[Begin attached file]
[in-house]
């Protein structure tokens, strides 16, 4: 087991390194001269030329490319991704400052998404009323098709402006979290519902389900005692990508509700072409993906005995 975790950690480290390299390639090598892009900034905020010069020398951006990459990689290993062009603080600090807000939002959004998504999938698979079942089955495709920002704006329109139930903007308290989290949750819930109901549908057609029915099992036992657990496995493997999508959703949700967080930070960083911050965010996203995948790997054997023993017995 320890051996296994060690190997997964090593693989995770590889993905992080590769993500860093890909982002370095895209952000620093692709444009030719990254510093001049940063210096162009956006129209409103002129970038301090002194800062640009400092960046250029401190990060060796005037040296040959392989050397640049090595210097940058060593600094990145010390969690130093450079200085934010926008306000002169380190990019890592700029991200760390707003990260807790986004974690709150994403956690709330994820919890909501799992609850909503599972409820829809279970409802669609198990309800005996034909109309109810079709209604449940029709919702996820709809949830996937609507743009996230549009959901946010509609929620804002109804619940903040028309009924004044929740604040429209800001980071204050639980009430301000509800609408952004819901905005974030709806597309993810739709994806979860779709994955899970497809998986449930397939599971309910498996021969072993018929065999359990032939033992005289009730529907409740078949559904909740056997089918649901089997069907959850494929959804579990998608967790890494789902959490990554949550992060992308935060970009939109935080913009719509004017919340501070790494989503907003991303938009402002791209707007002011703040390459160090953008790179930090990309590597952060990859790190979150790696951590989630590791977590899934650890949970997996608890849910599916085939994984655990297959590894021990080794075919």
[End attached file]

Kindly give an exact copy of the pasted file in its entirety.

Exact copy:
[in-house]
């Protein structure tokens, strides 16, 4: 087991390194001269030329490319991704400052998404009323098709402006979290519902389900005692990508509700072409993906005995 975790950690480290390299390639090598892009900034905020010069020398951006990459990689290993062009603080600090807000939002959004998504999938698979079942089955495709920002704006329109139930903007308290989290949750819930109901549908057609029915099992036992657990496995493997999508959703949700967080930070960083911050965010996203995948790997054997023993017995 320890051996296994060690190997997964090593693989995770590889993905992080590769993500860093890909982002370095895209952000620093692709444009030719990254510093001049940063210096162009956006129209409103002129970038301090002194800062640009400092960046250029401190990060060796005037040296040959392989050397640049090595210097940058060593600094990145010390969690130093450079200085934010926008306000002169380190990019890592700029991200760390707003990260807790986004974690709150994403956690709330994820919890909501799992609850909503599972409820829809279970409802669609198990309800005996034909109309109810079709209604449940029709919702996820709809949830996937609507743009996230549009959901946010509609929620804002109804619940903040028309009924004044929740604040429209800001980071204050639980009430301000509800609408952004819901905005974030709806597309993810739709994806979860779709994955899970497809998986449930397939599971309910498996021969072993018929065999359990032939033992005289009730529907409740078949559904909740056997089918649901089997069907959850494929959804579990998608967790890494789902959490990554949550992060992308935060970009939109935080913009719509004017919340501070790494989503907003991303938009402002791209707007002011703040390459160090953008790179930090990309590597952060990859790190979150790696951590989630590791977590899934650890949970997996608890849910599916085939994984655990297959590894021990080794075919």